“People think that because we have a reality TV show that they know everything, but it’s like, I’m not filming right now. That’s maybe 5 percent out of my day.”
This last quote made me think of two movies, one recent and well-known, the other older and obscure. The well-known one is The Truman Show, which had the character Truman Burbank living in a round-the-clock reality show that he thought was his real life. The movie came out just before the deluge of TV shows depicting unscripted people began to appear, and remains astonishingly prescient.
The other, older movie is called Real Life, and it was made by Albert Brooks in 1979. Like most of Brooks’ work, it has slid into obscurity, which is too bad, because it’s brilliant.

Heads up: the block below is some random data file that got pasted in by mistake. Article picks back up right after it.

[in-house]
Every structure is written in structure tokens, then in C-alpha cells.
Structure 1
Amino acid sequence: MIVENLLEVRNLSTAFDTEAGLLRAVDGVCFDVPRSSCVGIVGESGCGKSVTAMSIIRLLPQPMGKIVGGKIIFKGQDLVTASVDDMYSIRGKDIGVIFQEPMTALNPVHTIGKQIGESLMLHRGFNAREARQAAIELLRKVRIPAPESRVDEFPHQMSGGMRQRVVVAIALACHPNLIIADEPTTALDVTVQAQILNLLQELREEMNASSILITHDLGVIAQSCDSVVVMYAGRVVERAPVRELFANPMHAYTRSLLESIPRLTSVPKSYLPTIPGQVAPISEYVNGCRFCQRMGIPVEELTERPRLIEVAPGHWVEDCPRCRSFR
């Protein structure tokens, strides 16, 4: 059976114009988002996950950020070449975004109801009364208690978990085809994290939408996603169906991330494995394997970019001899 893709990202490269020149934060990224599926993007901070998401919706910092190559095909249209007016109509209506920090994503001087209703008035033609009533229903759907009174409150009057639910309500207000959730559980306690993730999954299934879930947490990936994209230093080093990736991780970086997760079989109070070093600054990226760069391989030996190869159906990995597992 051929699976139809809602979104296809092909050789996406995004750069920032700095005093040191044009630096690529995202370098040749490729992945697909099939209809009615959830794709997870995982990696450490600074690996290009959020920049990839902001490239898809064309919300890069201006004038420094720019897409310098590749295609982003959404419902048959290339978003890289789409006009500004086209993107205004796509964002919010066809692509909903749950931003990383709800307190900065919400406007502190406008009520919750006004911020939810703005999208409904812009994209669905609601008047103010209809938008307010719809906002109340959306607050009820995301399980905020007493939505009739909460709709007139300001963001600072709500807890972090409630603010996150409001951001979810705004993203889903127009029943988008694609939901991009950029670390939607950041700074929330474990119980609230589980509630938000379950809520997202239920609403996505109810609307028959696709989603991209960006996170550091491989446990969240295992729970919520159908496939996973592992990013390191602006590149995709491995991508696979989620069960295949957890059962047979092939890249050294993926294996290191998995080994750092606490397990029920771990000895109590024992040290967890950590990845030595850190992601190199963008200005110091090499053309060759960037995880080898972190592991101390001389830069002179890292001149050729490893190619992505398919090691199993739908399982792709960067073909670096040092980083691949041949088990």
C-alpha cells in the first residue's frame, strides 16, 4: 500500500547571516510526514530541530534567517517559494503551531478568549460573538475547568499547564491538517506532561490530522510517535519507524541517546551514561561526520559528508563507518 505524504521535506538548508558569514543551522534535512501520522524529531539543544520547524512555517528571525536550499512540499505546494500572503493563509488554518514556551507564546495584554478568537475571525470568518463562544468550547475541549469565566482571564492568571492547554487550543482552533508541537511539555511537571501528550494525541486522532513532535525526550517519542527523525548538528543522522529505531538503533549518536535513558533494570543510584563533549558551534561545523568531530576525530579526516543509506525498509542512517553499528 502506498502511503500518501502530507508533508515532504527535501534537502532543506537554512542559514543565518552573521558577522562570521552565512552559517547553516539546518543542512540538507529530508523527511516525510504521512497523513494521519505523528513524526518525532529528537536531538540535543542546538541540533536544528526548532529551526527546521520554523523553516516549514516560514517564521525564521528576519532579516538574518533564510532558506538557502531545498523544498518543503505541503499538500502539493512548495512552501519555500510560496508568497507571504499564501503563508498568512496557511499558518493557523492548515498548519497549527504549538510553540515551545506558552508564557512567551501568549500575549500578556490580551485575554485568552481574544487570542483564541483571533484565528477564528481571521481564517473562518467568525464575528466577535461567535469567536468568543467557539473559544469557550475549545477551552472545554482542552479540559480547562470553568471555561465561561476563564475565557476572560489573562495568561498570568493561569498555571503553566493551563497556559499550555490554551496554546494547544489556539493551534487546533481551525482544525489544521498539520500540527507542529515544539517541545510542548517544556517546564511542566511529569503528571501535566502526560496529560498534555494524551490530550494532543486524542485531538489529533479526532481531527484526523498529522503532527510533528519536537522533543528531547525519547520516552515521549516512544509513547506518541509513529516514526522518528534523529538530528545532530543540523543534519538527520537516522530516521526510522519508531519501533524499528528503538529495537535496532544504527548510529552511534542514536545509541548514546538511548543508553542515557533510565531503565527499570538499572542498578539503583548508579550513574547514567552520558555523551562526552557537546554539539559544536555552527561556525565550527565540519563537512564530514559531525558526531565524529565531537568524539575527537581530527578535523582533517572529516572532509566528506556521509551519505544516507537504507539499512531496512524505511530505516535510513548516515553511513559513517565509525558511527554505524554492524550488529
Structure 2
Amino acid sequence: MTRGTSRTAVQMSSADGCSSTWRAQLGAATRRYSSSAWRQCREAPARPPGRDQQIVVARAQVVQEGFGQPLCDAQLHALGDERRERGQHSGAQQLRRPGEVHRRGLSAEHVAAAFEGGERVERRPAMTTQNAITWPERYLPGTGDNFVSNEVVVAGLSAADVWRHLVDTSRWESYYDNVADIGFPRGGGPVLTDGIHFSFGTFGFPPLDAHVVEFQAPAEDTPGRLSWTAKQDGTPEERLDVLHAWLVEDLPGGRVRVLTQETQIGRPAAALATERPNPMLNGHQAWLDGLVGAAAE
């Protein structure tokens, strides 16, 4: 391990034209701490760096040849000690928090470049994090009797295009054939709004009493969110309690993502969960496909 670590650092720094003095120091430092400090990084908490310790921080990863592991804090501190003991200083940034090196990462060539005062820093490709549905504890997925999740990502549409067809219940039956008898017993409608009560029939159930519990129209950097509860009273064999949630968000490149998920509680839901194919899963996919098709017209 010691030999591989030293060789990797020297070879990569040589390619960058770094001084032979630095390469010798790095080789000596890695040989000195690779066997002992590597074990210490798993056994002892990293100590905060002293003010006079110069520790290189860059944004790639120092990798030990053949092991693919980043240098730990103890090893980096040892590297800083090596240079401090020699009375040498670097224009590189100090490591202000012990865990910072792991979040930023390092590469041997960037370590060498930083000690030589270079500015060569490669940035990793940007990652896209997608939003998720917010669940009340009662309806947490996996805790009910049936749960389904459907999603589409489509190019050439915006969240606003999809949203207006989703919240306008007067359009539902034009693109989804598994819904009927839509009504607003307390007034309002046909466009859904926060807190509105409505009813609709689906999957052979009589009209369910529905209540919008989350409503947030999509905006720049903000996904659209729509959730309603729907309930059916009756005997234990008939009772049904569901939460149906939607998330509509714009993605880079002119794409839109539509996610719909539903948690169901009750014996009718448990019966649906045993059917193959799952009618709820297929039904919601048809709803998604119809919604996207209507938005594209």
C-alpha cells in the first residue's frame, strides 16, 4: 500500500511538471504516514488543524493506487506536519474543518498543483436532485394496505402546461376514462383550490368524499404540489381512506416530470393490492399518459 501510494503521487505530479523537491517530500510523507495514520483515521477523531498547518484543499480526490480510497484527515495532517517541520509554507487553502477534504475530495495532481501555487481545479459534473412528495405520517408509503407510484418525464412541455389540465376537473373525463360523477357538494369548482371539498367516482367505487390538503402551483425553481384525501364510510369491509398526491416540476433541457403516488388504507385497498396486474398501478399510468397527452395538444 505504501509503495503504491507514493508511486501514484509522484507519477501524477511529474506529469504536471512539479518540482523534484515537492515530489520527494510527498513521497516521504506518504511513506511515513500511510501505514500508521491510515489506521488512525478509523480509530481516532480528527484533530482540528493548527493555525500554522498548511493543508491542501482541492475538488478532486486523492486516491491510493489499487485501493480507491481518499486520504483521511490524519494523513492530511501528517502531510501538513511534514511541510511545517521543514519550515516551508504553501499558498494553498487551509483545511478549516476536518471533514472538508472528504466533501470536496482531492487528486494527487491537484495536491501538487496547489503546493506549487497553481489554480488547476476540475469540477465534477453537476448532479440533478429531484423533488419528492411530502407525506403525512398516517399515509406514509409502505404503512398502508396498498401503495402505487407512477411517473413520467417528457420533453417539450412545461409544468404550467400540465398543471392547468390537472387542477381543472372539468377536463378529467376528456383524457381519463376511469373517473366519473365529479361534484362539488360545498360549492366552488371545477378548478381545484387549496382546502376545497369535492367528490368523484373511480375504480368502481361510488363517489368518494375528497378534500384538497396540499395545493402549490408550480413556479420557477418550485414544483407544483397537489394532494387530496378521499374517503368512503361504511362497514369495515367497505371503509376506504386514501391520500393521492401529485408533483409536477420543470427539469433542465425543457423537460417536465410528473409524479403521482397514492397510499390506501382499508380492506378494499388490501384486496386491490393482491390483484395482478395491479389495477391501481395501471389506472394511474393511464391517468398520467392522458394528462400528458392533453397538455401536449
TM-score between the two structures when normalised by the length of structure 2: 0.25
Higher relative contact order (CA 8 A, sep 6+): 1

The movie is about a TV filmmaker who wants to film a Phoenix family in their everyday life. But he soon discovers that this is pretty dull, so he starts tampering with reality. This raised a question back in 1979 that people in more modern times seem to have forgotten or not realized: how do you portray your intimate “reality,” whatever that is, with a camera operator inches from your nose? The mere presence of a film crew alters how you act, what you do, whether you realize it or not. And there’s no doubt reality shows are heavily tampered with—ever notice how every episode of Masterchef or Undercover Boss follows pretty much the same structure? Brooks knew back in the 1970s that when a camera intrudes, “reality” goes out the window, and we start posing, no matter how much we might think we’re being “natural.”